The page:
A study of autism rates in California suggests that cases continue to rise despite the removal of the mercury containing vaccine from childhood vaccinations.
Researchers from the California state Department of Public Health looked at recorded cases of autism between 1995 and 2007. They found that autism rates rose steadily over this 12 year period.
Some researchers and many parents believed that the mecury containing preservative thimerosal, which was routinely added to childhood vaccinations, was playing a role in the increasing number of cases of the condition. As pressure from parents, advocacy groups, and some doctors mounted, thimerosal stopped being added to childhood vaccines in 2001.
The researchers and many commentators say that the study indicates that mercury in vaccinations cannot be a factor in the development of autism. Since autism is typically diagnosed beyond the age of two, they say that autism rates should have dropped between 2004-2007 but this doesn't seem to be the case.
For the study, which is published in the January issue of the journal Archives of General Psychiatry, California public health officials calculated the autism rate by analyzing a database of state-funded centres that care for people with autism spectrum disorders.
The analysis revealed that the prevalence of autism in the state in children aged 3 to 12 increased throughout the study period. Over a 10 year period from 1993 to 2003 the rate of children born who went on to develop autism by age 3 had increased from 0.3 in 1000 to 1.3 in 1000, a more than fourfold increase. The researchers report that this pattern is repeated at different ages.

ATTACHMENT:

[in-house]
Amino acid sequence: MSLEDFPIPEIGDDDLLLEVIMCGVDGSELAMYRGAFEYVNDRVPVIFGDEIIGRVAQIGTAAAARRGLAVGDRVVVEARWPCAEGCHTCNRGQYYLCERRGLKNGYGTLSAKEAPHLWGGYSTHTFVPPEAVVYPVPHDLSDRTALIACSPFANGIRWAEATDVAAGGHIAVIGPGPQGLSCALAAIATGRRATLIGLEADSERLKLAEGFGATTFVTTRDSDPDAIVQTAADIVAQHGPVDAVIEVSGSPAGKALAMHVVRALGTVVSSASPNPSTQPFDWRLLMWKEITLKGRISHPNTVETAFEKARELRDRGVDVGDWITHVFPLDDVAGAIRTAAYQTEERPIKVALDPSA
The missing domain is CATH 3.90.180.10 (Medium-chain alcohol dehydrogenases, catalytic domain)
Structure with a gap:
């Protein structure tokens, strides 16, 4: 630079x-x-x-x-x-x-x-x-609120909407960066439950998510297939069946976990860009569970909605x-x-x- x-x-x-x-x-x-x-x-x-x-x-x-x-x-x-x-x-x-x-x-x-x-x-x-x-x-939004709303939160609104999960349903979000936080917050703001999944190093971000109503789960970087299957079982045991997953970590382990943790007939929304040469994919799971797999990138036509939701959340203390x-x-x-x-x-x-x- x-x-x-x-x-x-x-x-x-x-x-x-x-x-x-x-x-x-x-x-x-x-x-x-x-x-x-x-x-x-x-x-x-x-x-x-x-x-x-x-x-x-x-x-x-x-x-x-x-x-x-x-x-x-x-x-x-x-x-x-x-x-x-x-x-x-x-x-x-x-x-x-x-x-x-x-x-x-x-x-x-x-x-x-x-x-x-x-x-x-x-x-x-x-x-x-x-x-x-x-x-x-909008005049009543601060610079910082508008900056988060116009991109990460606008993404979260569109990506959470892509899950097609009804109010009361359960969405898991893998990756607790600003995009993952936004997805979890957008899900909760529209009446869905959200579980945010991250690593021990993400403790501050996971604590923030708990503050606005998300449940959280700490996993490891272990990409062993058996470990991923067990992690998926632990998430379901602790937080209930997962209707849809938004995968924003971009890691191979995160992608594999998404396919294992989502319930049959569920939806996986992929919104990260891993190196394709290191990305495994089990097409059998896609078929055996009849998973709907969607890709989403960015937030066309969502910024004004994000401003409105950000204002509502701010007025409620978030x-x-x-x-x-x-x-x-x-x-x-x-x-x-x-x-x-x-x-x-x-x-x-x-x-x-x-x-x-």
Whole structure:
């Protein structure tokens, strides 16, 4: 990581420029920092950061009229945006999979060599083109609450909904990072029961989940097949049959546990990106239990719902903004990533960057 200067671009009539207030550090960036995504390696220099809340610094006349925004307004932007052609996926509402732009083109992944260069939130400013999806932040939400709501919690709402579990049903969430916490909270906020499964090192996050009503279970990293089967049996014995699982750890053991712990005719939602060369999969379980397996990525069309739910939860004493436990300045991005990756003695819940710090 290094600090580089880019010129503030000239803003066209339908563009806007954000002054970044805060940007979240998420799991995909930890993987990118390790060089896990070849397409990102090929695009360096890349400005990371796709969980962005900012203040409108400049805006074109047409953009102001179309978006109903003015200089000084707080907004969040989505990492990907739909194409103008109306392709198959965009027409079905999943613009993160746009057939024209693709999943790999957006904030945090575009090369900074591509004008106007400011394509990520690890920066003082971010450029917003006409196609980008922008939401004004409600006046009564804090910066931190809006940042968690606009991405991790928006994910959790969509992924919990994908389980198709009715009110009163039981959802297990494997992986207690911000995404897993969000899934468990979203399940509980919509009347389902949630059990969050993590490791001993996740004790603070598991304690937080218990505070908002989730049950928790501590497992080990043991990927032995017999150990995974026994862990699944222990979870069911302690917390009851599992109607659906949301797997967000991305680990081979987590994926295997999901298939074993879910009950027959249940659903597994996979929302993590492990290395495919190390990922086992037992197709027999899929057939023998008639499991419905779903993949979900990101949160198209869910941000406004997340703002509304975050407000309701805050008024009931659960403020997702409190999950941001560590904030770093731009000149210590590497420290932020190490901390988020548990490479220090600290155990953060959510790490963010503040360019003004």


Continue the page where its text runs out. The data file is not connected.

"These time trends are inconsistent with the hypothesis that thimerosal exposure is a primary cause of autism in California," the researchers concluded.
While many doctors and organizations are holding the study up as definitive proof that mercury and vaccinations are not involved in autism and the rise in cases, many unsolved mysteries remain.
For example, the symptoms of mercury poisoning are remarkably similar to those exhibited by children with autism. A number of studies have also shown that important enzymes involved in detoxification, such as glutathione, are abnormally low in autistic children. Researchers involved in these studies have concluded that this leaves autistic children less able to detoxify environmental toxins such as mercury.
Geraldine Dawson, the chief science officer for the advocacy group Autism Speaks, told the AP that the California research was "a very important study," and said all possible causes -- genetic and environmental -- need to be explored aggressively.
"The bulk of the evidence thus far suggests that mercury is not involved, but I think parents still have many questions," said Dawson. "I think until parents are satisfied, we need to continue to examine the question."
Source: Archives of General Psychiatry: http://archpsyc.ama-assn.org
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